Mana was starting to leak from Nico’s core and rising from his skin like steam.

Some wills were stronger than others. Certain visions of the future were so potent that they rewrote probability and potential, forcing reality to shift in order to manifest that future into being. That, I now knew, was the truth about how one altered Fate: through action and will and unassailable belief. It was not another power to be manipulated or controlled. The keystones had never been about controlling Fate, only about understanding it. But through understanding, it could still be influenced.

But it hadn’t only been my will that had influenced Fate.

“I’m sorry,” I said, and all my many regrets about how I’d handled everything between us came spilling out with those two words.

Cecilia said nothing, only stared back at me. There was no desperation in her gaze, no hope, no fear. It wasn’t trust, either. As I looked into those teal eyes, I saw only acceptance. She knew this was her end, and she no longer had the strength to fight it.

I didn’t acknowledge my own feelings. I felt guilt for my own actions, but I did not feel as though Cecilia or Nico had earned my mercy. Neither of my once-friends had been granted a fair life, neither on Earth or on this world, and I didn’t blame them for that. But both had chosen to treat this place—this life, this entire world—as if it didn’t matter. While Earth was little more than a bad dream to me, it had become their fixation, both past and future, and they had treated my world—my family—as a meaningless stepping stone to move from one life on Earth to the next.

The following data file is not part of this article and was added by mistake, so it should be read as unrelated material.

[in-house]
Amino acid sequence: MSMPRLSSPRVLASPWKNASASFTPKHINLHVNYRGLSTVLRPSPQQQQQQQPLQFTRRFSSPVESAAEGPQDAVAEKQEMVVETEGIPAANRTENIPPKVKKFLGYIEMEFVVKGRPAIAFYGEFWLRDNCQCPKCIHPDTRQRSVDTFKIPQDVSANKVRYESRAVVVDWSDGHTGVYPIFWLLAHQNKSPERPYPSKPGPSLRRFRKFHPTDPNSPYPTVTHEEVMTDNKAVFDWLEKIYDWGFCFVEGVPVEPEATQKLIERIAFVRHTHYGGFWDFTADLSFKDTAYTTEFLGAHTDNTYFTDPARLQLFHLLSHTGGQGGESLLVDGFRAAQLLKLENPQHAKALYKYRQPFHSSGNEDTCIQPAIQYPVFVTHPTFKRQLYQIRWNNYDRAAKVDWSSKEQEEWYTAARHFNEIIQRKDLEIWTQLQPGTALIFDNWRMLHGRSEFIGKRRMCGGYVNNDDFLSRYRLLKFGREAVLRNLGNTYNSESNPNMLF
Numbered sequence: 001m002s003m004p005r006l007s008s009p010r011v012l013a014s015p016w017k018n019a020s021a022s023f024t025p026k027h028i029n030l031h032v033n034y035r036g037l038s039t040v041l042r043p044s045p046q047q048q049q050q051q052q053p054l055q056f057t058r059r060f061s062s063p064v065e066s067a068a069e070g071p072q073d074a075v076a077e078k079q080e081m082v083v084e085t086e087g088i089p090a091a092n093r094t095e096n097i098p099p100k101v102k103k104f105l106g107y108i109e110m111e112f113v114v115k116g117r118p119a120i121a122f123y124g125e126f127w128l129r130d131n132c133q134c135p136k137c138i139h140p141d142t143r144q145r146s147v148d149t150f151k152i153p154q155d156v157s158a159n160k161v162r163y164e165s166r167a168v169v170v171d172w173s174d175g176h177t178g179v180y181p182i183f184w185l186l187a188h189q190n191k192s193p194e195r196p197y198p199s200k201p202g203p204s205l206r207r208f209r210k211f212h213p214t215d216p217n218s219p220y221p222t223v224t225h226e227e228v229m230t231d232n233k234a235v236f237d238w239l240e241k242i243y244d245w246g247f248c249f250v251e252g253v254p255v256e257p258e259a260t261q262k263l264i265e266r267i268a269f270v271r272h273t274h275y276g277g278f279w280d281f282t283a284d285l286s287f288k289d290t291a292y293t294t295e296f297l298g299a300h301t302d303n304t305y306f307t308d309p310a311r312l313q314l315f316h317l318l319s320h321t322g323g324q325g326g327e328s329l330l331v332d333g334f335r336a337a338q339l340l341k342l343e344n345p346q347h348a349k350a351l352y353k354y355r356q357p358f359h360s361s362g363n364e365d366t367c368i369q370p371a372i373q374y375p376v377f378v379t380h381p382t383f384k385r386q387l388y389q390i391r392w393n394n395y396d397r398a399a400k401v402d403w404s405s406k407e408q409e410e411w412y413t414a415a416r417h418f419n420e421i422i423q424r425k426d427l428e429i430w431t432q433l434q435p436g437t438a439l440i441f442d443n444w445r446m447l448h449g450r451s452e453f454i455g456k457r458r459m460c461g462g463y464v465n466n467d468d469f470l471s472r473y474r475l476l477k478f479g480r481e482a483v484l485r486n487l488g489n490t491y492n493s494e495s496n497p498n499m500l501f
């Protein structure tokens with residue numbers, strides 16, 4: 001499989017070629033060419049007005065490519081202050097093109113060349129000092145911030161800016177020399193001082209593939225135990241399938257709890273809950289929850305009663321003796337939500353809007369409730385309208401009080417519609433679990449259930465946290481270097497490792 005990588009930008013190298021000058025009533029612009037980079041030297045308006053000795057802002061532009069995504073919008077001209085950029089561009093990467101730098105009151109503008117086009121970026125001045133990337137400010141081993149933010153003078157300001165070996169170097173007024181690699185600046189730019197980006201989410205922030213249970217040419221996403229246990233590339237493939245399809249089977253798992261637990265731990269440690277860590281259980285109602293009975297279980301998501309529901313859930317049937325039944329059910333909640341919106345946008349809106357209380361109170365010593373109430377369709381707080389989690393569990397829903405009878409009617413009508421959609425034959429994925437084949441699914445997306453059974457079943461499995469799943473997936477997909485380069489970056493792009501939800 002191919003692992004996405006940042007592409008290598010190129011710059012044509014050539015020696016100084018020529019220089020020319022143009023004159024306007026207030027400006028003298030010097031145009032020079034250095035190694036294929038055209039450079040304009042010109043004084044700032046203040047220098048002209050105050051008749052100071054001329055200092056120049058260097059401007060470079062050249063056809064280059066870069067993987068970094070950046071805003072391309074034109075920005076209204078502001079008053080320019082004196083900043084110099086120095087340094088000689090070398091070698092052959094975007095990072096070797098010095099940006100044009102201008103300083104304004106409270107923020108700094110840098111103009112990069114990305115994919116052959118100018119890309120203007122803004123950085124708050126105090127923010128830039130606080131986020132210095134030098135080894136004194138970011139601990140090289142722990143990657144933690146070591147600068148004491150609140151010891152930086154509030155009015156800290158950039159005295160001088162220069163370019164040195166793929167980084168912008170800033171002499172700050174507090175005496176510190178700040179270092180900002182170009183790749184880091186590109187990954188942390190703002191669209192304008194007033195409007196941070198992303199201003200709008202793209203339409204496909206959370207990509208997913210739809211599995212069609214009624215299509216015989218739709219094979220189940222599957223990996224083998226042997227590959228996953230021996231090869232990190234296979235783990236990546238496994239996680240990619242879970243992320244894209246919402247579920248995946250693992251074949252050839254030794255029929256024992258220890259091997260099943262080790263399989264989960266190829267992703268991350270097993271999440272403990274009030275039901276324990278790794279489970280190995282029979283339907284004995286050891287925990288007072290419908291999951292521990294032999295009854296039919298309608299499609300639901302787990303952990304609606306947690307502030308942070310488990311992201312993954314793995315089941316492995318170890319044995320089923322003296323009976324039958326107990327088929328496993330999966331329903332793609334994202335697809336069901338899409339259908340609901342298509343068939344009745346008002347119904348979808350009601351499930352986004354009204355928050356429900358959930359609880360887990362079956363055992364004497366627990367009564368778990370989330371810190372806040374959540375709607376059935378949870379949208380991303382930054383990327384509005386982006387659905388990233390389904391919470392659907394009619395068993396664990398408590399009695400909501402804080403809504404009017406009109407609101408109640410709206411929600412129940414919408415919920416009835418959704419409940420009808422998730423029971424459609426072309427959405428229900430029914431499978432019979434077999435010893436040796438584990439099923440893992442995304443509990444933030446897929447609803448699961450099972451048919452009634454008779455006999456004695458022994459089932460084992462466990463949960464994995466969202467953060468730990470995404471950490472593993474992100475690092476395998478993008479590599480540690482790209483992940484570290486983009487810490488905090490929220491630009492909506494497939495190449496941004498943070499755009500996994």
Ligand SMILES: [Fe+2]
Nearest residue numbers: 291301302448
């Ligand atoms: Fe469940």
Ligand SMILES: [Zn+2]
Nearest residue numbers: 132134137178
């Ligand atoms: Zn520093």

I didn’t acknowledge my own feelings. But if I did, I knew I would find bitterness, and anger. And hatred. I didn’t acknowledge my own feelings because I didn’t want to react emotionally. I didn’t want to repeat their mistakes by letting the past destroy an opportunity for a better future. They didn’t deserve my mercy, and they certainly hadn’t earned redemption.

But punishing them wasn’t important either. Not in the grand scheme of things. Fate had shown me that.

A roar shook the cavern, and more stones and dust fell from above. Out of the shadows, purple light dancing across black scales, Sylvie swooped over us. The earth shook as her claw came down around Agrona, pinning him.

A scythe of transparent black mana carved through the pool beside me, nearly taking off my arm and Cecilia’s head.

I reached for a golden thread that led from Cecilia up through the ceiling of the cave. I took hold of it, but I didn’t cut it. Instead, I channeled Aroa’s Requiem into it, empowering the potential and conjuring a resonant hum through the thread that spread out in both directions. All of the other threads around Cecilia began to release, snapping like spider silk and turning to golden light and then to nothing but distant, inaccessible possibility.